1. Botswana Botswana Outdoor Seating

      My host family's yard was spiffied-up for my host-sister's summer wedding.  My host father was the kgosana, or headman, of our village.  His eldest daughter's wedding was a celebration that spared no expense or nicety.  Family and friends from both near and afar joined in a massive feast and dance that lasted 3 days, including the preparations that led up to the actual ceremony and post-ceremony party.   This is the seating area, constructed just for the occasion;  a blend of mud-earth and ...

  2. Botswana Cooking for the Wedding Feast

    My host family's yard was spiffied-up for my host sister's summer wedding.  This photo shows the cooking area -- an entire cow is in these pots!  My host father was the kgosana, or headman, of our village.  His eldest daughter's wedding was a celebration that spared no expense or nicety.  Family and friends from both near and afar joined in a massive feast and dance that lasted several days, including the preparations that led up to the actual ceremony and post-ceremony party.  Traditional fo...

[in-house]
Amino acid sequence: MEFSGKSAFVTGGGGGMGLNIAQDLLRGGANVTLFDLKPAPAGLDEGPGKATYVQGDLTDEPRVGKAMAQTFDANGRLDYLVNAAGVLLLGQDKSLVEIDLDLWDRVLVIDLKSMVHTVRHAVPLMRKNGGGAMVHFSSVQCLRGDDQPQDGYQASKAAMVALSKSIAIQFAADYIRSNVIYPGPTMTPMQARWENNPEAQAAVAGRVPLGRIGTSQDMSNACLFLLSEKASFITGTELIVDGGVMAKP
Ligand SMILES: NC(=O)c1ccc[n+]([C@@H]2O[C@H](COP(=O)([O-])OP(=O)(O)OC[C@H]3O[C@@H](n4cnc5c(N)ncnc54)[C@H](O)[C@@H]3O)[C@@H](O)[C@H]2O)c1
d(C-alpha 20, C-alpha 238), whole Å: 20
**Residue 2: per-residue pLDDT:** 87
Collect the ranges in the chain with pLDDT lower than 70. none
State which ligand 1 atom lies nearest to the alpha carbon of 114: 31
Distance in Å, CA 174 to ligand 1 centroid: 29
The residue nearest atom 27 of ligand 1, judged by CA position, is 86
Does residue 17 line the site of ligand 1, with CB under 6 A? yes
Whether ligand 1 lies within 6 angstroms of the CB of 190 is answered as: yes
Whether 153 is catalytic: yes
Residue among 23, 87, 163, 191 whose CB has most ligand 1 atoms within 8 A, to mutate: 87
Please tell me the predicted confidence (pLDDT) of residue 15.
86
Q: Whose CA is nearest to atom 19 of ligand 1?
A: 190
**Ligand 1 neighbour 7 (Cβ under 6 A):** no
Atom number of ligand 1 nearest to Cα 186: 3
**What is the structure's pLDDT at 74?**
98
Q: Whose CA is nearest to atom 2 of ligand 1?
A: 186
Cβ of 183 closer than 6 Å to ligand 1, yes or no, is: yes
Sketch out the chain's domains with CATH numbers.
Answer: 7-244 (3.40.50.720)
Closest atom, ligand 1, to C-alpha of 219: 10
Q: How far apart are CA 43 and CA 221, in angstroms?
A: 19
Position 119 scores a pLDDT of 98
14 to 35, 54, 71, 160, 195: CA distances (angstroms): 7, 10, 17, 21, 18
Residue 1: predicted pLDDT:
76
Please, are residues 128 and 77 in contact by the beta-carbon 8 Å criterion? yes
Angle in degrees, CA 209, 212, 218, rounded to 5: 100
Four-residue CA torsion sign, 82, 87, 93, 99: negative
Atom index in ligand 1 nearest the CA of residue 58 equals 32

3. Madagascar Famadihana

    Honoring their ancestors by dancing with them at the Turning of the Bones festival near Ambatondrazaka, Madagascar.

  4. Malawi The Road Home

    Some ladies strolling down a beautiful tree lined road with their market goods on their heads.

  5. Namibia Dune 7

    In this photo, atop Dune 7 in the Namib Desert, which is one of the world's tallest sandunes, a few volunteers proudly wave the American flag in what is reminescient to the infamous photo from Iwa Jima.

  6. Mozambique Obama Sighting

    Obama merchandise is a hot item in Mozambique!

  7. Mozambique Gone Fishing

    A lonely fisherman is out hoping for a big catch on the lagoon.

  8. Mozambique Market Dancing

    Some girls from my youth empowerment group performing in our local market.

  9. Mozambique Golden Sunset

    Taken from the health post just at sunset over the mountains at my site.

  10. Niger Goodbye Niger

    It was too green. The cows were too fat, the children too clean, the roads too well-paved. I turned to Mariah, my bus buddy on for the two hours from the airport in Casablanca to Rabat, the capital of Morocco. “Are we really still in Africa?” “I’m not really sure of anything anymore,” she wearily responded. It had been four sleepless days since Peace Corps had announced that we were leaving Niger. Ten anxious days since terrorists with ties to Al Qaeda had kidnapped two French nationals ...

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“Sunset at the Railroad” by PCV Nicholas Baylor Hall. Namibia, 2011.